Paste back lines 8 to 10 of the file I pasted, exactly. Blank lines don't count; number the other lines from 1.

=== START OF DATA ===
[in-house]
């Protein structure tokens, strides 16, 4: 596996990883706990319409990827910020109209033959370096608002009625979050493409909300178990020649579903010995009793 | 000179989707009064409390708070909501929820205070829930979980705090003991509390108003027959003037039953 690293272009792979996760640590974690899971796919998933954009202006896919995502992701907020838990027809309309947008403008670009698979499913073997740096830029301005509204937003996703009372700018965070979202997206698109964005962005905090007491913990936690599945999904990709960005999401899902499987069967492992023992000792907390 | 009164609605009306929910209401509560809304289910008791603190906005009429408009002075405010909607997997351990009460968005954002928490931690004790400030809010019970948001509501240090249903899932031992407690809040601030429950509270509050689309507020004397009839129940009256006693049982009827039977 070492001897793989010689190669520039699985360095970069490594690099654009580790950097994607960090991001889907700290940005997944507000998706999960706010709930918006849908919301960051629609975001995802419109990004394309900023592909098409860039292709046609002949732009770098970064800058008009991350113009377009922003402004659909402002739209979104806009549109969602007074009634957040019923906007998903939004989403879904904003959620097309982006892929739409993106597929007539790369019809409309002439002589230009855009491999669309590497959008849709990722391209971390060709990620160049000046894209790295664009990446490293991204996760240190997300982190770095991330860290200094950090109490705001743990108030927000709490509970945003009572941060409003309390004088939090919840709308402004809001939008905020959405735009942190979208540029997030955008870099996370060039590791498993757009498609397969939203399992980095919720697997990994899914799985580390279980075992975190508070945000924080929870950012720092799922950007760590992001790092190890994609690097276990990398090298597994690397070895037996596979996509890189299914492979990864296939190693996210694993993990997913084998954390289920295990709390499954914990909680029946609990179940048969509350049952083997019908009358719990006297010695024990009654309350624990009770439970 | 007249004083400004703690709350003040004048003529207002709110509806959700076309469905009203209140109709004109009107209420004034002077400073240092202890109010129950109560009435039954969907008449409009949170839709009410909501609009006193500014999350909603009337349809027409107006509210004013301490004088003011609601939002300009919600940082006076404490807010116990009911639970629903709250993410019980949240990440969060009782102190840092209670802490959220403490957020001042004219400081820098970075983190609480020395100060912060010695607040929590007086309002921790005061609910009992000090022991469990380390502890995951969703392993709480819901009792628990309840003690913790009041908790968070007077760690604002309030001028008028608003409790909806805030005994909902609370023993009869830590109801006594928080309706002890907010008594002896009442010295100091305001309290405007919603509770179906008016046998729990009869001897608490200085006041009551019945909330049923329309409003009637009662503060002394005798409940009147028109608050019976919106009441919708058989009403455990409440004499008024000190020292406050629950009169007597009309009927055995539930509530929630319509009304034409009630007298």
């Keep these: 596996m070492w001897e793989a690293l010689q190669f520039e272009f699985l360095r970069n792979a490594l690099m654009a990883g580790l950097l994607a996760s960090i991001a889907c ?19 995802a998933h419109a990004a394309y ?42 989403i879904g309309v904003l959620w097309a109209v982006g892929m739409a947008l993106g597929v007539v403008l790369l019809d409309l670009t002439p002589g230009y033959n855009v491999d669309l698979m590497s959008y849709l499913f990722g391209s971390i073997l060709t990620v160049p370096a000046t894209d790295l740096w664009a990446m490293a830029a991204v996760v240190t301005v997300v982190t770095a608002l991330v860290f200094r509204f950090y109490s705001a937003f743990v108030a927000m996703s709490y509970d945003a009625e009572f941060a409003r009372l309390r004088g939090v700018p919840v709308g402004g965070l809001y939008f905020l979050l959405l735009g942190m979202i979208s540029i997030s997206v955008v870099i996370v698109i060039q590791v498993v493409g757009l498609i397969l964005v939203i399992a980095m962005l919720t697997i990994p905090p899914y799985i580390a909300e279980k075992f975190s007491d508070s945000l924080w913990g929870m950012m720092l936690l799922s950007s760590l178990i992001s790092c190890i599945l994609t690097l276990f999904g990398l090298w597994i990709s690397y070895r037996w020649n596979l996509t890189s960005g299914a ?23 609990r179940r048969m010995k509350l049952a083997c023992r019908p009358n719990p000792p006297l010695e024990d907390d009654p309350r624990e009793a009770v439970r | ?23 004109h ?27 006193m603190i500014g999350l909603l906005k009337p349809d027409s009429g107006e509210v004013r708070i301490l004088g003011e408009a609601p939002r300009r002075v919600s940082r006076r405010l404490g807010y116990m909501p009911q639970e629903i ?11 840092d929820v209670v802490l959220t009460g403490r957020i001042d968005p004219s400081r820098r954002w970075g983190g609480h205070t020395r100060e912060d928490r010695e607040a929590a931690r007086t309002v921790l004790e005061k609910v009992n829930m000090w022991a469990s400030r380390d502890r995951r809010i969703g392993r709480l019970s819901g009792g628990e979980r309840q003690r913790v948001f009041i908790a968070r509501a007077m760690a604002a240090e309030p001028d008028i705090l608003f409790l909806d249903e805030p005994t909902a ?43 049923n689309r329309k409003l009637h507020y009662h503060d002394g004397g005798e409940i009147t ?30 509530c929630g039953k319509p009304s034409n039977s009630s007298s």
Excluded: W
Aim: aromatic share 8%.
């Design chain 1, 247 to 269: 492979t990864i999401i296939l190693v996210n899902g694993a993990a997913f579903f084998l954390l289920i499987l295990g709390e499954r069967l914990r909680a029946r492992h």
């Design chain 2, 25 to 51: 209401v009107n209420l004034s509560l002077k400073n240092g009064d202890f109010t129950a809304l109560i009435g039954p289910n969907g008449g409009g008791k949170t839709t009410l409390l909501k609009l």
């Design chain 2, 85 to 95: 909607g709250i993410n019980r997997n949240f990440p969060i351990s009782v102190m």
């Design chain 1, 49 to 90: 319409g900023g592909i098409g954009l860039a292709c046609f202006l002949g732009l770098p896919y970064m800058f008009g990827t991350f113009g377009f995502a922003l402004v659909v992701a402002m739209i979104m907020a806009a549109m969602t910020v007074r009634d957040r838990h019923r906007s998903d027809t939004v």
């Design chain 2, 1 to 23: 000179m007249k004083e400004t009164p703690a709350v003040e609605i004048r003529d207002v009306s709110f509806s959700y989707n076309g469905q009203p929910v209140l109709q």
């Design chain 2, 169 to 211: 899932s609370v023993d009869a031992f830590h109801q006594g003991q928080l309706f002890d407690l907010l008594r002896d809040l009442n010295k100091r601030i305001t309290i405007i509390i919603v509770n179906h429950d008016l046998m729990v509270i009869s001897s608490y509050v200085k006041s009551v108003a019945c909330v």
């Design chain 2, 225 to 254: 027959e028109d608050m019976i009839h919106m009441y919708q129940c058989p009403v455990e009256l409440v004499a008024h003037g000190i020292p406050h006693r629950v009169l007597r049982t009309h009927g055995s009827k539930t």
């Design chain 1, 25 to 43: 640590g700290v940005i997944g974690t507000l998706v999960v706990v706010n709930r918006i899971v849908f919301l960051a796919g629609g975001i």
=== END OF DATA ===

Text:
């Design chain 2, 85 to 95: 909607g709250i993410n019980r997997n949240f990440p969060i351990s009782v102190m």
């Design chain 1, 49 to 90: 319409g900023g592909i098409g954009l860039a292709c046609f202006l002949g732009l770098p896919y970064m800058f008009g990827t991350f113009g377009f995502a922003l402004v659909v992701a402002m739209i979104m907020a806009a549109m969602t910020v007074r009634d957040r838990h019923r906007s998903d027809t939004v």
């Design chain 2, 1 to 23: 000179m007249k004083e400004t009164p703690a709350v003040e609605i004048r003529d207002v009306s709110f509806s959700y989707n076309g469905q009203p929910v209140l109709q």